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  1. While attending seminary I encountered process theology and took a class on Whitehead’s Process & Reality. Anyone familiar with the tome won’t be surprised to learn we all struggled. Our professor–Franklin Gamwell, an ordained Presbyterian minister–was patient with us and, I sensed, had mastered learning how Whitehead’s metaphysic could inform one’s life and ministry. Two months into the struggle, the terminology and concepts began to take hold in my thinking, and I began to sense how it could bless my life. I’ve never cared much for metaphysics; it all seems so terribly contextualized and subjective. Besides, how can anyone speak with any definitiveness on such things as the nature of reality? However, Whitehead’s metaphysic informs his even more respectable ethic–and that interests me a great deal. In short, process theology (especially in Whitehead’s, Cobb’s and Suhoki’s senses) has helped me make sense of how I am to relate with the religious other. It helped me better understand how, I, a sixth-generation Latter-day Saint could not only maintain meaningful relationships with those in other denominations and traditions, but how I (and all of us) can work together for the common good–even compete for the common good. I was pleasantly surprised to not only see a Mormon Matters podcast on process theology but, upon listening, that it was present by such capable students of the tradition. My sincere appreciation to the effort and preparation involved.

  2. This podcast was not unlike listening to a couple of artist describe the color black when I don’t even know what red, green, blue, and yellow look like. (This is my fault, I admit.) I think having a podcast just laying out a broader overview of the different theological approaches popular today would have helped me to stay engaged and interested in your conversations. It would be nice if y’all brought on some non-process theologians to balance out the explanation y’all provided for the metaphysics of process theology. (Sometimes continental philosophers are too proud of how confusing their ideas are.)

    What are the alternate metaphysical theories that are popular these day in or out of theological circles? What about Plantinga? What about analytical philosophy? What do y’all find compelling about process theology besides its correspondence with Mormonism? (This seemed to be the major/only selling point brought up.)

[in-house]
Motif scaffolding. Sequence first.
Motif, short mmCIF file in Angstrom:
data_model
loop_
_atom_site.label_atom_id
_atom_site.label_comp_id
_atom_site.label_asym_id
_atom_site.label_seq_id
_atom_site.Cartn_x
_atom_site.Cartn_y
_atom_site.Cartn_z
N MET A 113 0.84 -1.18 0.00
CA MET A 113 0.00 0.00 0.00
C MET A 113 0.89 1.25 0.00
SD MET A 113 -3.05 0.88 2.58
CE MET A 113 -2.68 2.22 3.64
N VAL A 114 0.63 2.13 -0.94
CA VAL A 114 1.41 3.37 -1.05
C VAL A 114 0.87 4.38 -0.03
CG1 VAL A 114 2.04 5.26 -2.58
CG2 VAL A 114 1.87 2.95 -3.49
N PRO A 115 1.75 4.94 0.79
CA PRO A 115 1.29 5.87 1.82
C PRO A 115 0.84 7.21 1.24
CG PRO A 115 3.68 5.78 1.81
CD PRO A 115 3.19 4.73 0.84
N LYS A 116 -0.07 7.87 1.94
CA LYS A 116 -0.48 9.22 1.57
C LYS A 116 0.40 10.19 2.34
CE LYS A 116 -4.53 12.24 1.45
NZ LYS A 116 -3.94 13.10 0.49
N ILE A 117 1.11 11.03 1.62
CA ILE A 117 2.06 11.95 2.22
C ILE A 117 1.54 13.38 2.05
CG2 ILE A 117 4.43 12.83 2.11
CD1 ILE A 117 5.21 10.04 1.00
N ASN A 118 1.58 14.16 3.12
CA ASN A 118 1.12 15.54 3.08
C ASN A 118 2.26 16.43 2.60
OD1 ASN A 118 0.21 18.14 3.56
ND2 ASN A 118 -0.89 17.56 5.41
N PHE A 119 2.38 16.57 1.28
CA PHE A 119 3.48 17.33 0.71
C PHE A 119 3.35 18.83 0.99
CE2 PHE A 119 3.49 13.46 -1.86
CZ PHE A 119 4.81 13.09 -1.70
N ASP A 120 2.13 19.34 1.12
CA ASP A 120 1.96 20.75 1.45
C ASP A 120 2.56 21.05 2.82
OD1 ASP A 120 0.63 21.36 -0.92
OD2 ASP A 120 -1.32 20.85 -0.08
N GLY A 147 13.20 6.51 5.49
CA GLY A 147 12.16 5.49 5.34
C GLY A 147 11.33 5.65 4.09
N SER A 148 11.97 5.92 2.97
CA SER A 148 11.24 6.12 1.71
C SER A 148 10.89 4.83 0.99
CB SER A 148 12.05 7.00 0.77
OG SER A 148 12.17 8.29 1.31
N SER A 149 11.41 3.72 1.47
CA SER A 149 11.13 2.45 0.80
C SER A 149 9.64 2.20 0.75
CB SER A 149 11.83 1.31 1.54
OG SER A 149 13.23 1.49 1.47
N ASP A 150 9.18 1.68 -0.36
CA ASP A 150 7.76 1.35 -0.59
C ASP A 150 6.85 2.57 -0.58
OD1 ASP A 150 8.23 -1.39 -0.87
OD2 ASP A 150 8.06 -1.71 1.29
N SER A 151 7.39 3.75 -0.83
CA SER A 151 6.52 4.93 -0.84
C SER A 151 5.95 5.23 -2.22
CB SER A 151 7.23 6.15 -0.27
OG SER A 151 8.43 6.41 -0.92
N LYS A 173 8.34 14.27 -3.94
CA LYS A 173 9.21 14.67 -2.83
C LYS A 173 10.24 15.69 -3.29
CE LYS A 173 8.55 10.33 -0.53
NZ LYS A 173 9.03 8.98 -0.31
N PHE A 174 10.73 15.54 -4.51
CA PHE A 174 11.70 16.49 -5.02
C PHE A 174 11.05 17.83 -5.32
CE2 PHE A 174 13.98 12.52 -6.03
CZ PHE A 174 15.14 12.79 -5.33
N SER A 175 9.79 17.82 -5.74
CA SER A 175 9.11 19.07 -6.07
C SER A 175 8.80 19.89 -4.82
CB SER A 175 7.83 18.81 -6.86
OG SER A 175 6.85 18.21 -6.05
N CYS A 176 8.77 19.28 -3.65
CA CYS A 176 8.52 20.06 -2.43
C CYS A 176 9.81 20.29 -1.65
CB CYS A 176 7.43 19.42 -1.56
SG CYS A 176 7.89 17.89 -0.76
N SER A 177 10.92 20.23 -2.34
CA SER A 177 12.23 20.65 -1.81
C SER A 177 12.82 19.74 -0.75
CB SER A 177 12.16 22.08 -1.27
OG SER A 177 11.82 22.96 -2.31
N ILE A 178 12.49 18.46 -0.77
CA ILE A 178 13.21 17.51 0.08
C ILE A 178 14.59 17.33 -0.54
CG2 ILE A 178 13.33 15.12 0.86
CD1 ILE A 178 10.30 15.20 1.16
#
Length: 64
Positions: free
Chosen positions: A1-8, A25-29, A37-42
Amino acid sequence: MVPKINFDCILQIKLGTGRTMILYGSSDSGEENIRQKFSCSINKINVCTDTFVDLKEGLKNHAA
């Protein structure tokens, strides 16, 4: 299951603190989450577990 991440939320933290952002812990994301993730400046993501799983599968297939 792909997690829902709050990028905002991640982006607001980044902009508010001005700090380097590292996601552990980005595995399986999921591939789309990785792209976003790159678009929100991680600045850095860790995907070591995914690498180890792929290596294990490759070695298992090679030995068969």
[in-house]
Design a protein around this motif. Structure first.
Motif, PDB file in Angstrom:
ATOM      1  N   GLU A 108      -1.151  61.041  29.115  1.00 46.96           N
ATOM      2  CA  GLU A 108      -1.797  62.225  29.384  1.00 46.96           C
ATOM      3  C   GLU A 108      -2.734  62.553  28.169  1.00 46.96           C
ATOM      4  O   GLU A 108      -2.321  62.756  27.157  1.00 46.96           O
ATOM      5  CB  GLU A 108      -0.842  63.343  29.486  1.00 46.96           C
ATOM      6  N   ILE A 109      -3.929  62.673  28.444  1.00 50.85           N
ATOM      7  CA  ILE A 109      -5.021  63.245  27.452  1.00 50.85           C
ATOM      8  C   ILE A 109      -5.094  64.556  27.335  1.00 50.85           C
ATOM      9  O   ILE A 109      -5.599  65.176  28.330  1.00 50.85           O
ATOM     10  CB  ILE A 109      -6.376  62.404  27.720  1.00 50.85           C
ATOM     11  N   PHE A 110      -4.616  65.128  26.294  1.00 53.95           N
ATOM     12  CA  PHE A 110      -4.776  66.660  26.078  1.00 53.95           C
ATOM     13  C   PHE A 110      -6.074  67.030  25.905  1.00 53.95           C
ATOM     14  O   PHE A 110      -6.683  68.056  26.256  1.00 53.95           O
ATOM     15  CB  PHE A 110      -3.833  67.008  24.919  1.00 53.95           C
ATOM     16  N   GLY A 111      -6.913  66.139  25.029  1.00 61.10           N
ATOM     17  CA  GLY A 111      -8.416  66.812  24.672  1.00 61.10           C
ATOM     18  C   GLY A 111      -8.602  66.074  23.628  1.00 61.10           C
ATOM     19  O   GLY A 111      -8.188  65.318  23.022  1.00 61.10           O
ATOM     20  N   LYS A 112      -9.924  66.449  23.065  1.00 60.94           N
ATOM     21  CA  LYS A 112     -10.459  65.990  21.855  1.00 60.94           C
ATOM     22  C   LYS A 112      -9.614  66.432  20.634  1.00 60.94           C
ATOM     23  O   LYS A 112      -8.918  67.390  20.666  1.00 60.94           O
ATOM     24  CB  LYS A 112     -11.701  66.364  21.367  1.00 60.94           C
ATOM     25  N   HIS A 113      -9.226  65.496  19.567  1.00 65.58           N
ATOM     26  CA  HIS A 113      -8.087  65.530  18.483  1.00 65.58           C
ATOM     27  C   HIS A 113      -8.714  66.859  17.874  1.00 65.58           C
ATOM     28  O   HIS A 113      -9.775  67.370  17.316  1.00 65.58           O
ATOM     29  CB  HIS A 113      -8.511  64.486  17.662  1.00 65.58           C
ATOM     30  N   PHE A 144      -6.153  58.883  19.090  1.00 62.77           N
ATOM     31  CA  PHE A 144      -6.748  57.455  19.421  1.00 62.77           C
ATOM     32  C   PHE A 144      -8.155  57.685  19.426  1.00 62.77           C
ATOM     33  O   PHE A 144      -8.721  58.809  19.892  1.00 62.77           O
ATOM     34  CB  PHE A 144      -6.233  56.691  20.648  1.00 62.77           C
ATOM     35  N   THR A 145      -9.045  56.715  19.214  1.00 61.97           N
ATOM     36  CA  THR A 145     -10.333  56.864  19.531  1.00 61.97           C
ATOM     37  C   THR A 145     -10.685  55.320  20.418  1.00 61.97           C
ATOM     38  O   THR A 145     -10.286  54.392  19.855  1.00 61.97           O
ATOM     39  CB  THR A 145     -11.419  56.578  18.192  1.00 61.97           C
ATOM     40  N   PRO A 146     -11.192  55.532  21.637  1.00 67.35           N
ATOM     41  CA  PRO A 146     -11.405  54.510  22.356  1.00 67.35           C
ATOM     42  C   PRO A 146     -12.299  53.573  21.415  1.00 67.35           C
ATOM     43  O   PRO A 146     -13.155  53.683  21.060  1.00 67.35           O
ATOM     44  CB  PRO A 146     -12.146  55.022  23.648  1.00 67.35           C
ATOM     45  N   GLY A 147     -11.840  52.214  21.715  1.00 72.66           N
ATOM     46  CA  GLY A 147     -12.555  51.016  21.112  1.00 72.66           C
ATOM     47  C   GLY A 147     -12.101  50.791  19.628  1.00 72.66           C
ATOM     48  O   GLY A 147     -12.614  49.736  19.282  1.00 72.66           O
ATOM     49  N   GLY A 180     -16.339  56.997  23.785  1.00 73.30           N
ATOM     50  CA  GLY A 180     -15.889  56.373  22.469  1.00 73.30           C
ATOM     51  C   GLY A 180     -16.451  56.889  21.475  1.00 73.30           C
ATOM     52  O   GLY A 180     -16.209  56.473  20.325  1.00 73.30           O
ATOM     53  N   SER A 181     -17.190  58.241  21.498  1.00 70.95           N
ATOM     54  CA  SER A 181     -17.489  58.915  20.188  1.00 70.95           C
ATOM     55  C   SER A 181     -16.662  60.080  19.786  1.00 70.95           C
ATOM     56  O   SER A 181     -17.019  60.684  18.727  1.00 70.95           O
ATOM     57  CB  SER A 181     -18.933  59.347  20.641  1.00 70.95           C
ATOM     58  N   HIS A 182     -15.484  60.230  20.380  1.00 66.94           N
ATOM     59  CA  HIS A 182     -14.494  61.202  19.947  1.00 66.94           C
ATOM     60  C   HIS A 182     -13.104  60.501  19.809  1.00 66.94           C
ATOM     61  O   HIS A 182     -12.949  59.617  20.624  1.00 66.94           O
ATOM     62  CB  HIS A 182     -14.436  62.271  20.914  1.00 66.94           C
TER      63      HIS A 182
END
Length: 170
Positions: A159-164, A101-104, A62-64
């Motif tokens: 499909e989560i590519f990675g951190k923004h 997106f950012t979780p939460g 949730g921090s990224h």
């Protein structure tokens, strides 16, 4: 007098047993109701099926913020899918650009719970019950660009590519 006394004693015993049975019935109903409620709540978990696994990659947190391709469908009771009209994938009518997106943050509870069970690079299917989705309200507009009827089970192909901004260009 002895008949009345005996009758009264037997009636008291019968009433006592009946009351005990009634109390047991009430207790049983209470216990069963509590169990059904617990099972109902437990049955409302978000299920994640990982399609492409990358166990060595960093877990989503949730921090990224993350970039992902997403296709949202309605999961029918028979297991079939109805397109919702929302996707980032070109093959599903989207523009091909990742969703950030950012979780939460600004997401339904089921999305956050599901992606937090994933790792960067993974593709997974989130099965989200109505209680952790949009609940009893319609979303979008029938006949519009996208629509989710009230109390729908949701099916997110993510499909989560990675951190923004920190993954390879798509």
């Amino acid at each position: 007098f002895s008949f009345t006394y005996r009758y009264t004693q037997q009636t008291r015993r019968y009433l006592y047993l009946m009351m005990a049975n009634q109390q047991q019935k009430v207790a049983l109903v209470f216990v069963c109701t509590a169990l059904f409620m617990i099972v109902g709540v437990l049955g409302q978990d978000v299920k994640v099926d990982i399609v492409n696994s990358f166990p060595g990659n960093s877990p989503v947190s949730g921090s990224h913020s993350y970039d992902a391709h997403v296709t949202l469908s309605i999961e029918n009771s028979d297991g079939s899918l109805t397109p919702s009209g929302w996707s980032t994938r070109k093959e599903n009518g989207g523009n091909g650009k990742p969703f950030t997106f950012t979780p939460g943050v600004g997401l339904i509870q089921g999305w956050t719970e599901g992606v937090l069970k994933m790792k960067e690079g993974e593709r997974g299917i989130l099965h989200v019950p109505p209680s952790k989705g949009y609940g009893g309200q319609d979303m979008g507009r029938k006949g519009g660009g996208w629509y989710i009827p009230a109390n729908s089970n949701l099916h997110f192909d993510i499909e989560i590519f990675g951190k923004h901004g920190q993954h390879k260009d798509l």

3. I’m putting out the scream. Dan and Jim, write the book. Please!! I am really starting to like this process theology stuff. I’m thirsting for more!

  4. This was great. I have been trying to parse Whitehead for awhile and this gave some great points to leap from. Thanks!

  5. Especially enjoyed the 2nd episode. Great, expansive paradigms being explored here. Dan, the Process Theology/Mormonism book would be awesome. I think a good philosophically/spiritually rigorous book written by you would be an excellent complement to your existing online corpus of work. I’m currently reading “A Cornel West Reader” and am amazed at the way his thoughts unravel in his writing. I keep thinking “Dan Wotherspoon should sit down and do something like this.” I see many similar intellectual and spiritual sensibilities between you and West.

    1. Post

      Thank you, so much, Eric! I’m sheepish to admit that I like your comparison–such a long way for me to go in my own scholarship and applications of rigorous thought, but at the level of “sensibilities” I can feel a bit more secure. You’re encouragement has my brain firing and heart singing this morning. Appreciate you, and this alert to the West reader. I will take a look and see if it might serve as model of sorts for what I may produce in writing in the coming years.

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